Survival in auschwitz

Primo Levi tells this his experiences in the Holocaust through his book Survival in Auschwitz. The characters in his story are isolated from the rest of the world, and even from each other. Here, the sad life is portrayed as they are over-worked in harsh labor camps, and in unhealthy, inhumane living conditions. 

This picture represents the alikeness and security of the camps. They're run down a bit, but run down was what their living conditions were like.They were locked away from the rest of the world into their own unsanitary, dehumanizing camps. These building look old, but it'd be luxurious to live in for those in the camps compared to what they had.
A blind man walking like in this image, reminds me of how blind they walk in life. In the Auschwitz camp, they're blind to their own lives as they lose hope in having a different one. They are blind to the fact that a majority of them will not live much longer or will not live a life outside of terror and a place where they are treated inhumane. They are basically dead men walking.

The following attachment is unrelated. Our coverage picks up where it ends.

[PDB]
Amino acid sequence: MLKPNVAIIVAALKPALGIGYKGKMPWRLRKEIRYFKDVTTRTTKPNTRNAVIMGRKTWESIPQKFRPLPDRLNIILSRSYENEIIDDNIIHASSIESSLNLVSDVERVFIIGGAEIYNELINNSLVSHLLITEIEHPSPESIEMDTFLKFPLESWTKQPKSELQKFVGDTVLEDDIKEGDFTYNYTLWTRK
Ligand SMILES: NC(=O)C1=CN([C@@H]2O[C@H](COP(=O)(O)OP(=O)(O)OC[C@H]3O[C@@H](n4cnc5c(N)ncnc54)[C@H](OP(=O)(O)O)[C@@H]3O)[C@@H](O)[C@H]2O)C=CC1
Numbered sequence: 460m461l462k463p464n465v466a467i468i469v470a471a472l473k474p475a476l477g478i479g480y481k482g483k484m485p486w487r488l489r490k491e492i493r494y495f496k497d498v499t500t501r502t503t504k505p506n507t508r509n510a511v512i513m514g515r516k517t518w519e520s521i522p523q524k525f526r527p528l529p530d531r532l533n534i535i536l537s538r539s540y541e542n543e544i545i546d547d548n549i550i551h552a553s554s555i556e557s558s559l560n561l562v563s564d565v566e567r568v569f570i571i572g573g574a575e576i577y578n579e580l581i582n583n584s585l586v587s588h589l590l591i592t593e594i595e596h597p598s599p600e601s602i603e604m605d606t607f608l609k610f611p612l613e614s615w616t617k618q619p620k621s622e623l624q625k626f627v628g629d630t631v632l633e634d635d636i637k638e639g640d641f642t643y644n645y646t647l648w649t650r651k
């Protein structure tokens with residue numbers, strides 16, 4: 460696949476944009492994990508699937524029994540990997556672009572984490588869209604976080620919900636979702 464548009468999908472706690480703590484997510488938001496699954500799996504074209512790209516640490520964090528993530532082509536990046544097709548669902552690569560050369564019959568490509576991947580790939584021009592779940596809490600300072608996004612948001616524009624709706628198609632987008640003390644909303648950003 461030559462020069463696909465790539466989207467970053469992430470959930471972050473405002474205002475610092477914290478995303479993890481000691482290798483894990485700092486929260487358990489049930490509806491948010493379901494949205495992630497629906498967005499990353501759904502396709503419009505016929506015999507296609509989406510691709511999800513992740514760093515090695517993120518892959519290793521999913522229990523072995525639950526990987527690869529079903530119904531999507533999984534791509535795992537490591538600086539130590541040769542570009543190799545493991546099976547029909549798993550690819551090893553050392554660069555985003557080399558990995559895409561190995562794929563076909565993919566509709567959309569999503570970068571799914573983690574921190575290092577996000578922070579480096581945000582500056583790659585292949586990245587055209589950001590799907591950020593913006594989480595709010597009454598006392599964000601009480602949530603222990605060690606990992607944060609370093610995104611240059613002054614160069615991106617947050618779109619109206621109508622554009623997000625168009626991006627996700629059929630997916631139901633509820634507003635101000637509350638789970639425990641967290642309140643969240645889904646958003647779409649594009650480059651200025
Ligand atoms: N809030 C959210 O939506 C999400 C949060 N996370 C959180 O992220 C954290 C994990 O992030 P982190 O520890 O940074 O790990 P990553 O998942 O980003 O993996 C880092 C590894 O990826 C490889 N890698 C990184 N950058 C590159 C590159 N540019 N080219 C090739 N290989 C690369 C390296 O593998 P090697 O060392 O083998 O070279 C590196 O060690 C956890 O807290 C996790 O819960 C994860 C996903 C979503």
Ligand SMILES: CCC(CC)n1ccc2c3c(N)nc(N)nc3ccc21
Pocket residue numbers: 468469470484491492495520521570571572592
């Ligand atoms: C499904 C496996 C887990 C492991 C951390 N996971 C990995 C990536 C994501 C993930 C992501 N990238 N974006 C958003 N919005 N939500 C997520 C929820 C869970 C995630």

This image represents the aloneness you have. You're a bit isolated,just as Primo Levi was. You can't trust anyone especially in the fact that you could be turned in for a "crime" you haven't committed. In the end, all you have is yourself.
He looks tired, right? In Auschwitz you were worked over until you die. It didn't matter if you were in pain or were sick. You suffered. In a scene from the book, Primo describes how he just cant wait for five o'clock just so he could straighten his back once again. You look dead, hurting, and worn out; just like the man in this picture.
Primo talks about shoes often in this book, especially when he is suffering of sores on his feet from not having any shoes at all, or ones that fit him badly. If he had sores, he was at risk for infection and bad infection leads to being "unfit" for working and if guards thought you were unfit for working, you were killed. Therefore to Primo, shoes were important.
People were deprived of food and water and like Primo told, often had to scavenge for left overs. They were malnourished and always dehydrated. Primo often described their rations being small portioned. They were all literally skin and bones.
To wrap this topic up, overall I think they all lived a life of constantly being watched. Being observed of their actions, and watching themselves of their own actions in fear of what could happen if they went wrong. Hangings, burnings, more forced labor; it was horrid for them if they chose the go against anything the leaders and guards wanted.
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